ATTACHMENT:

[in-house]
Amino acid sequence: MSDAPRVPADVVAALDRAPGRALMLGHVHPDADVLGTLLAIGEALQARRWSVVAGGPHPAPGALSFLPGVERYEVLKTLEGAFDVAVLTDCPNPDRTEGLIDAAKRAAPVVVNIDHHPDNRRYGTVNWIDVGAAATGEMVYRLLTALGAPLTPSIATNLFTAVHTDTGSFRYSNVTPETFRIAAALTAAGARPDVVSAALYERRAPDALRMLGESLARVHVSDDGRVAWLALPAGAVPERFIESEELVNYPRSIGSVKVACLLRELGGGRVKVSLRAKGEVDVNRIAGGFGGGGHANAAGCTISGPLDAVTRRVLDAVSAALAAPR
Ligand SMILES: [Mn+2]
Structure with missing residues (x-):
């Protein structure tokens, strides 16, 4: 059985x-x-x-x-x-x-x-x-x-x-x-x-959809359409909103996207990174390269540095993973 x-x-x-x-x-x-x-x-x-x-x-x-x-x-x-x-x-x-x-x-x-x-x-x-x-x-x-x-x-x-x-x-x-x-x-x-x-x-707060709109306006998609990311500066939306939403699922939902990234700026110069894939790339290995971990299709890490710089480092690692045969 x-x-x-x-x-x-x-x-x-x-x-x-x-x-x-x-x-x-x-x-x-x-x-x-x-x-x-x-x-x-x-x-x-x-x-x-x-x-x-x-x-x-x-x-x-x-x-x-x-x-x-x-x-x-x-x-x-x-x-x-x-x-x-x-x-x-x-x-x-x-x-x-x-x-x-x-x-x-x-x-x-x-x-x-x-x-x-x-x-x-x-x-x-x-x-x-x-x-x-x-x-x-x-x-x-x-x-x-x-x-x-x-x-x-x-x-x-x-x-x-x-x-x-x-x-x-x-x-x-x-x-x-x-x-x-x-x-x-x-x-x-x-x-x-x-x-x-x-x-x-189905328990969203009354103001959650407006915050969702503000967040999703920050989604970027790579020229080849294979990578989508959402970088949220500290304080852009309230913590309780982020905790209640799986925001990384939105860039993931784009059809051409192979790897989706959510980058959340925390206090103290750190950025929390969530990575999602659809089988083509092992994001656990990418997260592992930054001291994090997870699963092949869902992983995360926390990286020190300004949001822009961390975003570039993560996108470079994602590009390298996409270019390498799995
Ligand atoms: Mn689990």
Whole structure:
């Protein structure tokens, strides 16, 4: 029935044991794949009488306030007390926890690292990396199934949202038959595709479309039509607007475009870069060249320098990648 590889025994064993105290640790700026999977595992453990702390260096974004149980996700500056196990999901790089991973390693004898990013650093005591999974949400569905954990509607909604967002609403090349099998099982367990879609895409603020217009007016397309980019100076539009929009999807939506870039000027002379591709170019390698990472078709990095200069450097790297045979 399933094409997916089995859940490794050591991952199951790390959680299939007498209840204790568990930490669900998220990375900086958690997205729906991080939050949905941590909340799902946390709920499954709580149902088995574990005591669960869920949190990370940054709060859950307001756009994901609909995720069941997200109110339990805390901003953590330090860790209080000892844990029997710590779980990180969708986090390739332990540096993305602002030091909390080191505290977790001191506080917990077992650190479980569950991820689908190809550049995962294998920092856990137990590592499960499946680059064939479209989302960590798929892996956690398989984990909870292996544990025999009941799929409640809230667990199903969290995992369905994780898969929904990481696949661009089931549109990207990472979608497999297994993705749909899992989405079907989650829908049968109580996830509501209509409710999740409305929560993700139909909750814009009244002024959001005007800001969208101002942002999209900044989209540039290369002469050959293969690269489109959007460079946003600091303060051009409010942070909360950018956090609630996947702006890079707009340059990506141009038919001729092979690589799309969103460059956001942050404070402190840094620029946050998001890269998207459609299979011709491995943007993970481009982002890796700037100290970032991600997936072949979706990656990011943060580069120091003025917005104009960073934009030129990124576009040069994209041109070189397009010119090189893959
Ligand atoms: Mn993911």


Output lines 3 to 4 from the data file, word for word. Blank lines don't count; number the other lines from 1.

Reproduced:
Ligand SMILES: [Mn+2]
Structure with missing residues (x-):